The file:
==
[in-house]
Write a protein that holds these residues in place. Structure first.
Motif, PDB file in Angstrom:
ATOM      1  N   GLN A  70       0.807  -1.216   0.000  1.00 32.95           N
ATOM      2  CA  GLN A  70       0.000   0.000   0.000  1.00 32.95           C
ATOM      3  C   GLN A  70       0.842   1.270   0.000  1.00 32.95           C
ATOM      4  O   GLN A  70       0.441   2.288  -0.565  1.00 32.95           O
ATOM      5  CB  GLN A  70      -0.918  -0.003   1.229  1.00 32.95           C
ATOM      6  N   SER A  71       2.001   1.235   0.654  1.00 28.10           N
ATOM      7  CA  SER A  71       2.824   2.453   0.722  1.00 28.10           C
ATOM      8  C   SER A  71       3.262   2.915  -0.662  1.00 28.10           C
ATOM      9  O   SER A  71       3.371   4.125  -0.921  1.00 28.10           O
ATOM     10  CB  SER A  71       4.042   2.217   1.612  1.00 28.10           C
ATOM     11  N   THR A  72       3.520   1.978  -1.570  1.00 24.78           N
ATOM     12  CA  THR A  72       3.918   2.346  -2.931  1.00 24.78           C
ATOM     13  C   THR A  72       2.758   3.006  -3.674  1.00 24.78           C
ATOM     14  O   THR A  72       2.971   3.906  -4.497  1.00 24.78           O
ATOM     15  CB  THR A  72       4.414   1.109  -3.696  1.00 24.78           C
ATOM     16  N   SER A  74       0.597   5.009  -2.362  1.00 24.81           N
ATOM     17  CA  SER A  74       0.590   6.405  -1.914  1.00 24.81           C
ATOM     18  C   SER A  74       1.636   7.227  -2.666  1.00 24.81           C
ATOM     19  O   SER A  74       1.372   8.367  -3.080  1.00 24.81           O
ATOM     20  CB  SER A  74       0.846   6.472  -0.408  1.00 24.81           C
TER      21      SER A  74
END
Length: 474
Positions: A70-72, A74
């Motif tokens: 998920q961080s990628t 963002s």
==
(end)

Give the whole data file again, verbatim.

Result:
[in-house]
Write a protein that holds these residues in place. Structure first.
Motif, PDB file in Angstrom:
ATOM      1  N   GLN A  70       0.807  -1.216   0.000  1.00 32.95           N
ATOM      2  CA  GLN A  70       0.000   0.000   0.000  1.00 32.95           C
ATOM      3  C   GLN A  70       0.842   1.270   0.000  1.00 32.95           C
ATOM      4  O   GLN A  70       0.441   2.288  -0.565  1.00 32.95           O
ATOM      5  CB  GLN A  70      -0.918  -0.003   1.229  1.00 32.95           C
ATOM      6  N   SER A  71       2.001   1.235   0.654  1.00 28.10           N
ATOM      7  CA  SER A  71       2.824   2.453   0.722  1.00 28.10           C
ATOM      8  C   SER A  71       3.262   2.915  -0.662  1.00 28.10           C
ATOM      9  O   SER A  71       3.371   4.125  -0.921  1.00 28.10           O
ATOM     10  CB  SER A  71       4.042   2.217   1.612  1.00 28.10           C
ATOM     11  N   THR A  72       3.520   1.978  -1.570  1.00 24.78           N
ATOM     12  CA  THR A  72       3.918   2.346  -2.931  1.00 24.78           C
ATOM     13  C   THR A  72       2.758   3.006  -3.674  1.00 24.78           C
ATOM     14  O   THR A  72       2.971   3.906  -4.497  1.00 24.78           O
ATOM     15  CB  THR A  72       4.414   1.109  -3.696  1.00 24.78           C
ATOM     16  N   SER A  74       0.597   5.009  -2.362  1.00 24.81           N
ATOM     17  CA  SER A  74       0.590   6.405  -1.914  1.00 24.81           C
ATOM     18  C   SER A  74       1.636   7.227  -2.666  1.00 24.81           C
ATOM     19  O   SER A  74       1.372   8.367  -3.080  1.00 24.81           O
ATOM     20  CB  SER A  74       0.846   6.472  -0.408  1.00 24.81           C
TER      21      SER A  74
END
Length: 474
Positions: A70-72, A74
């Motif tokens: 998920q961080s990628t 963002s």